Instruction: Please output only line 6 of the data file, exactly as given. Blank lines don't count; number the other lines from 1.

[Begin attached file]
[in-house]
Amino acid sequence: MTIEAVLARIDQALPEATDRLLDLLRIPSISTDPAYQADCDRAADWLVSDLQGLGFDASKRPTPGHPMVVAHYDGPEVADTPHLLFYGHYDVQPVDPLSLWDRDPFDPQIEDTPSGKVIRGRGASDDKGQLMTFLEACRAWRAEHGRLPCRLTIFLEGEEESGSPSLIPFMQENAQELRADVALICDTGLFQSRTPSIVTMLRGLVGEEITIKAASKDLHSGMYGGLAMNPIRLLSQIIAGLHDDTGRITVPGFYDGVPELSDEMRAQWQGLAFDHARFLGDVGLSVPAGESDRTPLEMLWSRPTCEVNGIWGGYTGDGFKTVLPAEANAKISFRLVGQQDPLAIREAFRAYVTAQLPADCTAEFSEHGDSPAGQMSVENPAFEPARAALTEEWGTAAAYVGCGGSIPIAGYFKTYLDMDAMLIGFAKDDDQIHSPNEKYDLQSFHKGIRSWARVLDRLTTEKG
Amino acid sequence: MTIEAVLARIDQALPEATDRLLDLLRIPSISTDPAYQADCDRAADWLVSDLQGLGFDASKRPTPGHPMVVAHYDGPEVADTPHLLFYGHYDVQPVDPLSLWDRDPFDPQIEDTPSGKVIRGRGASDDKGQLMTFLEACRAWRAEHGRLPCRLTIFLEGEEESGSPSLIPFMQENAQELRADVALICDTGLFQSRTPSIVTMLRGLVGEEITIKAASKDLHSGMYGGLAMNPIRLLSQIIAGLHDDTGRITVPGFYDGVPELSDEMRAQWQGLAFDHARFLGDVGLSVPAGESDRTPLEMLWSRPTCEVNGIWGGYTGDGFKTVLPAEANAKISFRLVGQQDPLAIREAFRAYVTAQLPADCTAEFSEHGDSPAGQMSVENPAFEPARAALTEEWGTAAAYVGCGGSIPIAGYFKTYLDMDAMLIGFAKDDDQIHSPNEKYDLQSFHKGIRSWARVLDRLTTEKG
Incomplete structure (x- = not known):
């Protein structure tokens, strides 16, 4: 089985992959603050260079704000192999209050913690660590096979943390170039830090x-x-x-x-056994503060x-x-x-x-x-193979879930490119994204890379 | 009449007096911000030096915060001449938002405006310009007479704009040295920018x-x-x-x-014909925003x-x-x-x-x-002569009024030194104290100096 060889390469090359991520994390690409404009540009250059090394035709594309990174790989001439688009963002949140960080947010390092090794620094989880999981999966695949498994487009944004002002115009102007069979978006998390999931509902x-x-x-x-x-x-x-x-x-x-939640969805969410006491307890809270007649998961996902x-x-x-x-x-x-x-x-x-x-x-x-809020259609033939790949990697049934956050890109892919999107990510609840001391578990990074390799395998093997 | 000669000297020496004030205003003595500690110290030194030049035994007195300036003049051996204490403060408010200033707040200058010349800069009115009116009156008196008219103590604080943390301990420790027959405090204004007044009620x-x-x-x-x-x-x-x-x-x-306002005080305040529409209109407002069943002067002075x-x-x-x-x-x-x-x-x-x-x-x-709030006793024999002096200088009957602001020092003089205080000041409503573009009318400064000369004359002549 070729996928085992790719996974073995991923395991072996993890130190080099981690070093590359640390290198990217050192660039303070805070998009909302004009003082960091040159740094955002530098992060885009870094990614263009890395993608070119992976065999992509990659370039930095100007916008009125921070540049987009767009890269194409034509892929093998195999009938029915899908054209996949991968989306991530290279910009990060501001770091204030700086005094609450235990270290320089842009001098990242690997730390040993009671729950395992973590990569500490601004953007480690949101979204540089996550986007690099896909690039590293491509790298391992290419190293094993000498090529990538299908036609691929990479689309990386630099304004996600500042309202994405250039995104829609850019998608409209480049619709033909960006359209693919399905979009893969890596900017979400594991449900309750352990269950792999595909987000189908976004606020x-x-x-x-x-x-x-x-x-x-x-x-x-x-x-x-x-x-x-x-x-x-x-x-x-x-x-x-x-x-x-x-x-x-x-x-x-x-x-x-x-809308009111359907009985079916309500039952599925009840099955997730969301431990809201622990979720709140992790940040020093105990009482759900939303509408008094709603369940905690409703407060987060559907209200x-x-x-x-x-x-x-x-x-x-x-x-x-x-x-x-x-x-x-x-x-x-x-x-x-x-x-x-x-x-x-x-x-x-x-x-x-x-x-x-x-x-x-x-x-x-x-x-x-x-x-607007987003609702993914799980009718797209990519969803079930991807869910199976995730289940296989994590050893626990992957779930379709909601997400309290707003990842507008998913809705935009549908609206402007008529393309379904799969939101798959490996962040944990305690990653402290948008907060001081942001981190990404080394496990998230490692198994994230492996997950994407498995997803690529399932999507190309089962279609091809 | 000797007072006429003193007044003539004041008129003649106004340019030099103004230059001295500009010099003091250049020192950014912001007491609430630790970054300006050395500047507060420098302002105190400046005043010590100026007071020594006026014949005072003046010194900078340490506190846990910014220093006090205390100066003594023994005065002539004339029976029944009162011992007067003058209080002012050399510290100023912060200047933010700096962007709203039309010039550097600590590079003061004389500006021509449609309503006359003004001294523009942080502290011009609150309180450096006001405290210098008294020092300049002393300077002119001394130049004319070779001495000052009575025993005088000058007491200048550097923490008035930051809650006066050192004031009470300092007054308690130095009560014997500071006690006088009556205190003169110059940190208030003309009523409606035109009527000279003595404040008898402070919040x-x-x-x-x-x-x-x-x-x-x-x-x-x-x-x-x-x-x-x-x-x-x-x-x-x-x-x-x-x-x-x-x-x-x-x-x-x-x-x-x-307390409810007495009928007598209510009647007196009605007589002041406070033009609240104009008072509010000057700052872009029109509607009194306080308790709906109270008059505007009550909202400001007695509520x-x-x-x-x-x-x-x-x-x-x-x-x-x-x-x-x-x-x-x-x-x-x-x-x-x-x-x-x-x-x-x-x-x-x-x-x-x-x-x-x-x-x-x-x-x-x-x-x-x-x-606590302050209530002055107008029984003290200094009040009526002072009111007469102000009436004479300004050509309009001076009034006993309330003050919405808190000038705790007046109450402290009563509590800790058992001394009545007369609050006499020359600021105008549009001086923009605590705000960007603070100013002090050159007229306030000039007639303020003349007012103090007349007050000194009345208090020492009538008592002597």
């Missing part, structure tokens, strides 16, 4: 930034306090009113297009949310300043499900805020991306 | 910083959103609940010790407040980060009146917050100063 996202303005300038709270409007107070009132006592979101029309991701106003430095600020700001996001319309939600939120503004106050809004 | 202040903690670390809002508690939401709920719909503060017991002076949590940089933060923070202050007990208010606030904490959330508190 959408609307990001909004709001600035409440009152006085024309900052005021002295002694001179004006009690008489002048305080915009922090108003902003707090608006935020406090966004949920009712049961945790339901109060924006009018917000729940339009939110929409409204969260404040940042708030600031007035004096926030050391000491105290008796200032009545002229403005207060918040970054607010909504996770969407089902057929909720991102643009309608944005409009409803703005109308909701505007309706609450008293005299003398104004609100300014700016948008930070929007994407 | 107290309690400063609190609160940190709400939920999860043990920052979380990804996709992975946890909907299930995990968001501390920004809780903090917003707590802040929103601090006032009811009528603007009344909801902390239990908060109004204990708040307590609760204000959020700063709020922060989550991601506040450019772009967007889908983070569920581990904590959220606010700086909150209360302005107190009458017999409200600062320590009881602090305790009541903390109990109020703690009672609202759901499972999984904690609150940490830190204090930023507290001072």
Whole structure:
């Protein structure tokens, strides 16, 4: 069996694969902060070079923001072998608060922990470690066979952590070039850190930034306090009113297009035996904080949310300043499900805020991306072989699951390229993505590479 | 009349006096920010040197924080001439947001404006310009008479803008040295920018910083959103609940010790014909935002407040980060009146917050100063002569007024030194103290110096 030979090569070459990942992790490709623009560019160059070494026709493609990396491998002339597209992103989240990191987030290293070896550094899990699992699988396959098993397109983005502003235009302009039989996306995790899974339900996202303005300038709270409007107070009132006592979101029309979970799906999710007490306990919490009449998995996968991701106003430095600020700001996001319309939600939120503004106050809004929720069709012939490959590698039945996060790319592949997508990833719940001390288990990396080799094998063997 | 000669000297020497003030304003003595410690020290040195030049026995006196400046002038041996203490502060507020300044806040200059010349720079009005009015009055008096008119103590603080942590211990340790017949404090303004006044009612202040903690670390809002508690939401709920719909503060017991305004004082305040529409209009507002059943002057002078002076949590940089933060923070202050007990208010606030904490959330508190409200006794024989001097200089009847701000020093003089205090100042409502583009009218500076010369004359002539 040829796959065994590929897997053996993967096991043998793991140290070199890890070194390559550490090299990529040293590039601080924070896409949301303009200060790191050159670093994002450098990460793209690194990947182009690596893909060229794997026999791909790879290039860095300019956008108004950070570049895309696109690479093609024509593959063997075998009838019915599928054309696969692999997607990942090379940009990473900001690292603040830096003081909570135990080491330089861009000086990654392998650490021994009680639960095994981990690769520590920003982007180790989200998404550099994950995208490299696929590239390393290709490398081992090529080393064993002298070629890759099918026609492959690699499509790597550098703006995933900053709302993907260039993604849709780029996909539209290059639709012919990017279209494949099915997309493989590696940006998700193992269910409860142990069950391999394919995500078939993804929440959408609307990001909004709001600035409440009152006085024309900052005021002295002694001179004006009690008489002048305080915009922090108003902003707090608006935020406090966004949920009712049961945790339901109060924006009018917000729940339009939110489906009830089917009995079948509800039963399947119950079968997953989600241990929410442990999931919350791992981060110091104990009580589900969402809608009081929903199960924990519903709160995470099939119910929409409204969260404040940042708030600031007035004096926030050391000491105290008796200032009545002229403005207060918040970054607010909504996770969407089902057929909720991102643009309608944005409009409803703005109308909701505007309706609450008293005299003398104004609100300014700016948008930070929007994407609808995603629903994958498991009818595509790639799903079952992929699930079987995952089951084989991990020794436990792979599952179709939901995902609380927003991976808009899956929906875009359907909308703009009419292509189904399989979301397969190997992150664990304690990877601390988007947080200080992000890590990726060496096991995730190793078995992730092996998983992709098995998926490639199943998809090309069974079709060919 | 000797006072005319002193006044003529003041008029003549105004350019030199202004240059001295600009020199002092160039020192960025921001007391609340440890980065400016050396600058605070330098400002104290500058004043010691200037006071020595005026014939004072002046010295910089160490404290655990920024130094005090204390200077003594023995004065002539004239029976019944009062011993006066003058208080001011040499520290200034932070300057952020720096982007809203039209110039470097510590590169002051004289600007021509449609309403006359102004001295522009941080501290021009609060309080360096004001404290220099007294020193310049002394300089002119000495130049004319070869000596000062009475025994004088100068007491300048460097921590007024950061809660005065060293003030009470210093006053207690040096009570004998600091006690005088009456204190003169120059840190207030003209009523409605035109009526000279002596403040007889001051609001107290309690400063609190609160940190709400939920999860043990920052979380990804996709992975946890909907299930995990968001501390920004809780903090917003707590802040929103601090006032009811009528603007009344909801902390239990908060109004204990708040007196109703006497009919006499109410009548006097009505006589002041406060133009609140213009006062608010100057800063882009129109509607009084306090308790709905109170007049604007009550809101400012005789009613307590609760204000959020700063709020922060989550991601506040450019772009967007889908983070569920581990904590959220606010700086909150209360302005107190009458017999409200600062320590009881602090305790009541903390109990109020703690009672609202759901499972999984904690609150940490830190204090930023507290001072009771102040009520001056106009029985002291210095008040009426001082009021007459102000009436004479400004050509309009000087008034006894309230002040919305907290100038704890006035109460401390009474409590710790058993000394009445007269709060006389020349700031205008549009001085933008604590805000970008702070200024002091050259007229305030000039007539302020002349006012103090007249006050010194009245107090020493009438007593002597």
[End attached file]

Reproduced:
């Missing part, structure tokens, strides 16, 4: 930034306090009113297009949310300043499900805020991306 | 910083959103609940010790407040980060009146917050100063 996202303005300038709270409007107070009132006592979101029309991701106003430095600020700001996001319309939600939120503004106050809004 | 202040903690670390809002508690939401709920719909503060017991002076949590940089933060923070202050007990208010606030904490959330508190 959408609307990001909004709001600035409440009152006085024309900052005021002295002694001179004006009690008489002048305080915009922090108003902003707090608006935020406090966004949920009712049961945790339901109060924006009018917000729940339009939110929409409204969260404040940042708030600031007035004096926030050391000491105290008796200032009545002229403005207060918040970054607010909504996770969407089902057929909720991102643009309608944005409009409803703005109308909701505007309706609450008293005299003398104004609100300014700016948008930070929007994407 | 107290309690400063609190609160940190709400939920999860043990920052979380990804996709992975946890909907299930995990968001501390920004809780903090917003707590802040929103601090006032009811009528603007009344909801902390239990908060109004204990708040307590609760204000959020700063709020922060989550991601506040450019772009967007889908983070569920581990904590959220606010700086909150209360302005107190009458017999409200600062320590009881602090305790009541903390109990109020703690009672609202759901499972999984904690609150940490830190204090930023507290001072």